Noche Buena Heist

Hola mi gente,
“Happy Holidays!” for those who don’t. J

The following is fiction. It is based on actual events and is the foundation for one of the stories in my book of short stories I’ll never finish tentatively titled Ataques de Nervios (Nervous Attacks) or 704 E. 5th St. (or some shit like that). However, I have taken huge liberties with parts of the story, the characters, and time line.


Moral indignation is jealousy with a halo.
— H.G. Wells, The Wife of Sir Isaac Harman


It’s so cold she can’t feel her feet. She’s wearing slippers in the midst of a raging Nor’easter. She’s afraid and her threadbare coat can’t protect her from the 40-50 mile per hour winds. It’s the night before Noche Buena and she’s alone, keeping vigil outside a home in a white section of lower Manhattan, but she’s here because her kids are in need… there’s no one around and she despairs. Her hands are numb from the cold and her feet ache.

It seemed as if it were hours ago when ‘Galo left with Gangster with instructions that if she saw anyone, she should whistle. In actuality, only minutes have passed. Now she wonders if she can whistle, her face is frozen, and they’ve been gone so long. What if the police come?

Finally, they come rushing out the building with stuffed pillowcases and as she starts to run with them she falls, she can’t feel her toes. Gangster and ‘Galo pick her up and they make their way hurriedly back to the Puerto Rican section of the Lower East Side, which takes too long and she’s crying, she’s in agony. ‘Galo stops to look at her feet and mutters, “Shit!” under his breath.

They hurry home.

They finally get home and by then, she’s crying in agony. ‘Galo takes off the slippers and thinks she has frostbite. She weeps, but tries to stifle her cries, fearful she’ll awaken the children. Unbeknownst to them, her oldest son, all of five-years-old, watches through a crack in the bedroom doorway. He’s afraid.

They call ‘Galo’s sister, who takes one look at the stuffed pillowcases and looks down at the young mother, as if noting her lack of moral standing. What kind of mother are you? Her looks seems to say. ‘Galo asks her to look at her feet and the sister says it’s not frostbite, but that she should go to the emergency room anyway. The young mother refuses, afraid. Afraid of the consequences of the act she just helped commit and afraid of what they may say about her toes that throb with a dull pain now.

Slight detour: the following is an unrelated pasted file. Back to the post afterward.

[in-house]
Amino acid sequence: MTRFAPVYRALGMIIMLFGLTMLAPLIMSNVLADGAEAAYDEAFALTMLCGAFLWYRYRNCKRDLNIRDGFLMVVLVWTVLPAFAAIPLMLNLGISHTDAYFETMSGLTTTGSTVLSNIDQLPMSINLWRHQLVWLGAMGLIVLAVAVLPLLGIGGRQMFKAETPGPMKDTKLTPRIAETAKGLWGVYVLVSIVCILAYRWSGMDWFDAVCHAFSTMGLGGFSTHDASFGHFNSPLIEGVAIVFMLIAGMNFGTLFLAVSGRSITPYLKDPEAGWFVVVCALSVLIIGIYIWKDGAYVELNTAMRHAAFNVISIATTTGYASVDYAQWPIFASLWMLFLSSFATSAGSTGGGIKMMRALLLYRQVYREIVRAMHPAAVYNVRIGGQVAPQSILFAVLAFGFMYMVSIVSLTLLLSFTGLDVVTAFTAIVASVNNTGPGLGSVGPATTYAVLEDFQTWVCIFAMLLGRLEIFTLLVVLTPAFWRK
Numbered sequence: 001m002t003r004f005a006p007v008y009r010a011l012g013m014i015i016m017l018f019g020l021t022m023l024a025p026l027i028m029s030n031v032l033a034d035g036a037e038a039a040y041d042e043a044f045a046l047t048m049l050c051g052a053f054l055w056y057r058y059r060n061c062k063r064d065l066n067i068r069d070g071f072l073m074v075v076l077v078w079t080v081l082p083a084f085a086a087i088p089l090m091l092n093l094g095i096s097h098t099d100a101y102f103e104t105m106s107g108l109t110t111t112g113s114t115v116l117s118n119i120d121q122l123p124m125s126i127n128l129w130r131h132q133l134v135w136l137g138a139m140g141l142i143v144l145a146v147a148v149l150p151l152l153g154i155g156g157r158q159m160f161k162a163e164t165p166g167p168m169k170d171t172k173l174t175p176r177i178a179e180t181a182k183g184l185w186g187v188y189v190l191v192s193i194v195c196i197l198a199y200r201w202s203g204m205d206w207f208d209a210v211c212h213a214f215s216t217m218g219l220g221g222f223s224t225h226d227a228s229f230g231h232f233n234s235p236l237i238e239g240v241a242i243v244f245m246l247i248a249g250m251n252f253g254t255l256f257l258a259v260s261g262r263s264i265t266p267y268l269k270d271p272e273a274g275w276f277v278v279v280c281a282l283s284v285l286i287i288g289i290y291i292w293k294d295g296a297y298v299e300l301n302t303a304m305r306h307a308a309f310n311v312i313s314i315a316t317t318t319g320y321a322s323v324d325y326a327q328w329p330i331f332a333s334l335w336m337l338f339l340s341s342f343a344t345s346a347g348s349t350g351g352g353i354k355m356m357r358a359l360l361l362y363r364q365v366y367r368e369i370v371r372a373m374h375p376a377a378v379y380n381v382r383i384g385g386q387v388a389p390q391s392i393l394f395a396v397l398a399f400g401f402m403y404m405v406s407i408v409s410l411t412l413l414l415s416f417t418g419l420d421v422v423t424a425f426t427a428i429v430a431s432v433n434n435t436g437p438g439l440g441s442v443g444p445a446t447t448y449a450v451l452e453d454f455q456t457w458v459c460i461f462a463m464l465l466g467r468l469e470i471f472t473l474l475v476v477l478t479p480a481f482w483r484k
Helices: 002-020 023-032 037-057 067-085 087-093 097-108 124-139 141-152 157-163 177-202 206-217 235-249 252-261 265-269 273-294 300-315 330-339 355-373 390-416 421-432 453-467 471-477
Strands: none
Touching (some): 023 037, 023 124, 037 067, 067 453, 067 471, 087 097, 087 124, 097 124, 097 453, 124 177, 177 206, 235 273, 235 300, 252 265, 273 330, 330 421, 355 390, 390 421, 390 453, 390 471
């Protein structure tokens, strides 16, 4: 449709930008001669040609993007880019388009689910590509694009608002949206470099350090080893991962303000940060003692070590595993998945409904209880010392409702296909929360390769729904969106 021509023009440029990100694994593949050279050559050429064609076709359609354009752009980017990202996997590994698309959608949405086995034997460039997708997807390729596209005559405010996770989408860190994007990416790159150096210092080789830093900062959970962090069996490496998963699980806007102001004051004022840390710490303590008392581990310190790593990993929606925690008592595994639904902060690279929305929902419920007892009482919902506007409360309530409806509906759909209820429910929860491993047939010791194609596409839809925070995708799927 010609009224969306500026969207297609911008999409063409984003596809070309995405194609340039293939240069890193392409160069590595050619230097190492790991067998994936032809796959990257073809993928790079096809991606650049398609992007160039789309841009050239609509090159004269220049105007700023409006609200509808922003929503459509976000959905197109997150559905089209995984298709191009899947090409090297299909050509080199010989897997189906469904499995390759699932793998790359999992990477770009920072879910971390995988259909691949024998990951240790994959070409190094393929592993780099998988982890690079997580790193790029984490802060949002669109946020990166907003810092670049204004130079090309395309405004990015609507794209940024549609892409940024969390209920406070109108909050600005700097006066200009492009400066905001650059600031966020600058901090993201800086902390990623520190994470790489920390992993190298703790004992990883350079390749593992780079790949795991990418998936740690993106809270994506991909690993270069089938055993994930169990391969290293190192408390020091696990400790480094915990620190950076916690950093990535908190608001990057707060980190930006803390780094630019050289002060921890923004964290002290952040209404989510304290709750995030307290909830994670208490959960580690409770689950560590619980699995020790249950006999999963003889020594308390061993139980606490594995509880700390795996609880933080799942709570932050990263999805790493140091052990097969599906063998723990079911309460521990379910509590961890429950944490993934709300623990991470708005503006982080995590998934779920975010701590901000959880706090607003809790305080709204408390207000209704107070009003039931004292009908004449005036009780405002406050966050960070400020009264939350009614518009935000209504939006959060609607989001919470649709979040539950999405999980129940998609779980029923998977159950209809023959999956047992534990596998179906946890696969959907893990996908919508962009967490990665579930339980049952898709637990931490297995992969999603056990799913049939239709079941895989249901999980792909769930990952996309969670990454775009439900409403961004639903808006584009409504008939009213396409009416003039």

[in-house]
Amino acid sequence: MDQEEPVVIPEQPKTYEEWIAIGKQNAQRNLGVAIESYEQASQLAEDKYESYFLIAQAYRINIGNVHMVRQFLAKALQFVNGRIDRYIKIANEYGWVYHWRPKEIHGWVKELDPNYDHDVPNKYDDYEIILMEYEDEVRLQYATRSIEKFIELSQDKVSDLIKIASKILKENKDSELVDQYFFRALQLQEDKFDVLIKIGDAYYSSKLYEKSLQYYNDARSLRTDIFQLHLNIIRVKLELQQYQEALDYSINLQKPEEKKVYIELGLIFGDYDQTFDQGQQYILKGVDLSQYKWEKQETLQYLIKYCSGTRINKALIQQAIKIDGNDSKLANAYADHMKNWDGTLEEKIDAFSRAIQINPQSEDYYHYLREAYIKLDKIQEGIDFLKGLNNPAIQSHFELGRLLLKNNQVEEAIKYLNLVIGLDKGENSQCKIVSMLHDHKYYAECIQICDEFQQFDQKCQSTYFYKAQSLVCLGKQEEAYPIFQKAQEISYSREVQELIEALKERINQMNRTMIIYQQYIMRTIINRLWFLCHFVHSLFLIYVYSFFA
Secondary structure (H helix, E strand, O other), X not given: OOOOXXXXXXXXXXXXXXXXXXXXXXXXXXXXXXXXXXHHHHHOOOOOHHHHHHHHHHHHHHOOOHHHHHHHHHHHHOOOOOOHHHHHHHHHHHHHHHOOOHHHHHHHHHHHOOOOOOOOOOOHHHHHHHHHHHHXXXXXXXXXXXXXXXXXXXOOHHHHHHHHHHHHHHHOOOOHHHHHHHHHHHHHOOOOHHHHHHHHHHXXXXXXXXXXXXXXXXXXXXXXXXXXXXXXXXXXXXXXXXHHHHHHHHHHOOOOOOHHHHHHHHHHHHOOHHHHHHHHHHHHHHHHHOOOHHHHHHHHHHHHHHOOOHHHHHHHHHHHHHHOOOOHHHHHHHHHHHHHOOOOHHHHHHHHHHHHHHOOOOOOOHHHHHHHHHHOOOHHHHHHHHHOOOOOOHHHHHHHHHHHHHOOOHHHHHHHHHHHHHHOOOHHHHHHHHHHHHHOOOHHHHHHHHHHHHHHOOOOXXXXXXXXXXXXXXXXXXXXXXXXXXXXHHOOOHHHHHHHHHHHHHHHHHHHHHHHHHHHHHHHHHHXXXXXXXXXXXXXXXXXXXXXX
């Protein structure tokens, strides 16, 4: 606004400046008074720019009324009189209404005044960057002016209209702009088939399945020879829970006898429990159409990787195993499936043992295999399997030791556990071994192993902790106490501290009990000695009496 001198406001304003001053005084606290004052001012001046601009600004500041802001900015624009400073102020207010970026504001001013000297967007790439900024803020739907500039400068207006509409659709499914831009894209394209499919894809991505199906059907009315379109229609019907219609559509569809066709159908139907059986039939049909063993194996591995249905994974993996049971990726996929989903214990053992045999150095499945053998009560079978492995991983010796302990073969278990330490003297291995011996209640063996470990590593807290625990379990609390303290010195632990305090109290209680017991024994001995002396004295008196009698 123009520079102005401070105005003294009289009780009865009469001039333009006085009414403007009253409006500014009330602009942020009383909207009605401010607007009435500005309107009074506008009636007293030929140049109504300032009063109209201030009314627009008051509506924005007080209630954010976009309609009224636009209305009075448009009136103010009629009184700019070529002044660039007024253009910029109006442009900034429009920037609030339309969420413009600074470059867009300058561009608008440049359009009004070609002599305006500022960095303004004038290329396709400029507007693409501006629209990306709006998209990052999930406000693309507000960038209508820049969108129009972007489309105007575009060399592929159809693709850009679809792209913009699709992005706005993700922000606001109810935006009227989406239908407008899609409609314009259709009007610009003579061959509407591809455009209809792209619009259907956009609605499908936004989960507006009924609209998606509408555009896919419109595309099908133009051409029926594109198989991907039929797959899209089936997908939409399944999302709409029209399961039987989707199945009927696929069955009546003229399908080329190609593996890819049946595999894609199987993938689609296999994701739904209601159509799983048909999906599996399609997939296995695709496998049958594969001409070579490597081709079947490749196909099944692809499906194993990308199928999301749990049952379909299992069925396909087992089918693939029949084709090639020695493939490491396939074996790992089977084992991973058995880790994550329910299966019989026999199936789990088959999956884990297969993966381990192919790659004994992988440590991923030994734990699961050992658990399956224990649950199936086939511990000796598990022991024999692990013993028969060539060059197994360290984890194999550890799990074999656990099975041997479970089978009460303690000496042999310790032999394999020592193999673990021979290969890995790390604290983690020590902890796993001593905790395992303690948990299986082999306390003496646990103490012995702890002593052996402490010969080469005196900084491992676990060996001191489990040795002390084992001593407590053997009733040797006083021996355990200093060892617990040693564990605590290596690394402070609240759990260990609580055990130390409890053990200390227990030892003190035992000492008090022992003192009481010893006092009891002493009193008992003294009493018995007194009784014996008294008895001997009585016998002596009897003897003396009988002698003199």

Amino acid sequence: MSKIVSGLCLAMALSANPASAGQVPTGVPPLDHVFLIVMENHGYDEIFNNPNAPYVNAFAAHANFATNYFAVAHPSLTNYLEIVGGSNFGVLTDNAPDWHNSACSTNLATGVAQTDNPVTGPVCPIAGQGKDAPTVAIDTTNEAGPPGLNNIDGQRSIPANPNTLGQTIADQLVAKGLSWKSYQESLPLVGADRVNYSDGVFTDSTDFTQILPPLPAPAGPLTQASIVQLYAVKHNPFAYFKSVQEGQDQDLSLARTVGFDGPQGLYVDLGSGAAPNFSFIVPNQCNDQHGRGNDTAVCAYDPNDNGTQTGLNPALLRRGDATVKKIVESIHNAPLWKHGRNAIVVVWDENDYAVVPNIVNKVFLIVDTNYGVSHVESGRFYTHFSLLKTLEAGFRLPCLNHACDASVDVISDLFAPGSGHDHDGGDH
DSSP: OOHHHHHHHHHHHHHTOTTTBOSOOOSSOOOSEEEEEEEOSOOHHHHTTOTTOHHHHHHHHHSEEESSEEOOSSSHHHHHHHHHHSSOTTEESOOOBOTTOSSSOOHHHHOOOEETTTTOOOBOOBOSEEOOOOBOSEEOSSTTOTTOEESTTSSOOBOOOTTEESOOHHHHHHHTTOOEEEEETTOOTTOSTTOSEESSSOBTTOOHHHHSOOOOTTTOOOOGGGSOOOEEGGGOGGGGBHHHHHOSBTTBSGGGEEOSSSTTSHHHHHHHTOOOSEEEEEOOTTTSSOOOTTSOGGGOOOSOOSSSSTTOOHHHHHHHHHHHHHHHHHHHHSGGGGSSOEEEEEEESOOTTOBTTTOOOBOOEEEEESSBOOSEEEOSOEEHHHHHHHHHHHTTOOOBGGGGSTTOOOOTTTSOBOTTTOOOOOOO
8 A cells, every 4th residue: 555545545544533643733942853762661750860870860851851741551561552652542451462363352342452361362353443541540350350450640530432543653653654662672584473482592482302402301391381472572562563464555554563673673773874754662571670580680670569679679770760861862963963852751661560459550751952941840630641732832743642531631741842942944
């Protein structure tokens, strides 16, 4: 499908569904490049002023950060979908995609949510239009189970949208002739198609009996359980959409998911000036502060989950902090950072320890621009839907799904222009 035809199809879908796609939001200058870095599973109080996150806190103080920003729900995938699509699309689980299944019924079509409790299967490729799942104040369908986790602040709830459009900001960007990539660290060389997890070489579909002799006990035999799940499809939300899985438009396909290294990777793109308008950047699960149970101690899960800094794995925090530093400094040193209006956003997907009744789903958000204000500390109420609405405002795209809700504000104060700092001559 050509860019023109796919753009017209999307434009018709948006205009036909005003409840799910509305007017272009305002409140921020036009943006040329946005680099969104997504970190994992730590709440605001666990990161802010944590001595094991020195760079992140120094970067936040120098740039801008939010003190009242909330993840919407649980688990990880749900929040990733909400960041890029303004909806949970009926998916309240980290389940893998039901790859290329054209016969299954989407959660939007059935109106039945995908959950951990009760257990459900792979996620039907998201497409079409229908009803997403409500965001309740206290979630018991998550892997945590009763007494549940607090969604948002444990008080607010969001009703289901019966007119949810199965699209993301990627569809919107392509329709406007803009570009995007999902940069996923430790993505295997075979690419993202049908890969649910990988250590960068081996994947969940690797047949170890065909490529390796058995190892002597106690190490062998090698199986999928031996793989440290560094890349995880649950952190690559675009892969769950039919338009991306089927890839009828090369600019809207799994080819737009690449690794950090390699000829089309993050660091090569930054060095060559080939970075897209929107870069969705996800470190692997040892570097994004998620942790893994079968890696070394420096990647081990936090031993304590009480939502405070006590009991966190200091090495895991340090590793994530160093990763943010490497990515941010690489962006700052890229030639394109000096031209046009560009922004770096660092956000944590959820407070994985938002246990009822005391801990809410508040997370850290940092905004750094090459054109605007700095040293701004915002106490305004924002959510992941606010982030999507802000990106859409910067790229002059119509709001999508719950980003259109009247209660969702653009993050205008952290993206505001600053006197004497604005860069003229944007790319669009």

They give ‘Galo’s sister a gold watch from the stolen loot, and she’s delighted. It’s an expensive watch, very pretty. She gives the young mother another look condemnation and admonishes her for behaving in such an un-Christian manner. The young mother says nothing and thanks her for looking after the children.

That Christmas was a good Christmas, or at least the children thought so. There was food, there were gifts under the tree, and the young mother seemed so happy though her children asked when they noticed that she limped a little when she walked. She had a brand new pair of boots, the only concession she made for the oldest will always remember the James Bond attaché case, complete with gadgets and it even shot rubber bullets if you pressed a hidden button. He also got a chemistry set that he used for hours upon hours… She made sure her children got our gifts before ‘Galo and Gangster would leave with the bulk of the loot, returning only when the money was spent on drugs. She didn’t even get herself a decent coat. However, her children got warm coats, gloves, scarves, and long underwear.

Her son never knew why she was crying that wintry night all those years ago. He thought they were fighting. But he was not surprised at her sacrifice — the choices she made so that she could make sure her children were and had what they needed. Somehow she always made it right, even if it meant compromising her values or her reputation. She didn’t care, only her children mattered. Still, she was ashamed and part of the reason why her children had perfect posture is because she taught them to walk tall, with their heads held high. It was the last bastion against the shame — that she made certain her children would walk proudly.

Most importantly, she taught them what really matters.

My name is Eddie and I’m in recovery from civilization…

Thanks for reading. If you enjoyed reading it as much as I enjoyed writing it, please consider helping me out by sharing it, liking me on Facebook, following me on Twitter, or even throwing me some money on GoFundMe HERE or via PayPal HERE so I can keep calling it like I see it.


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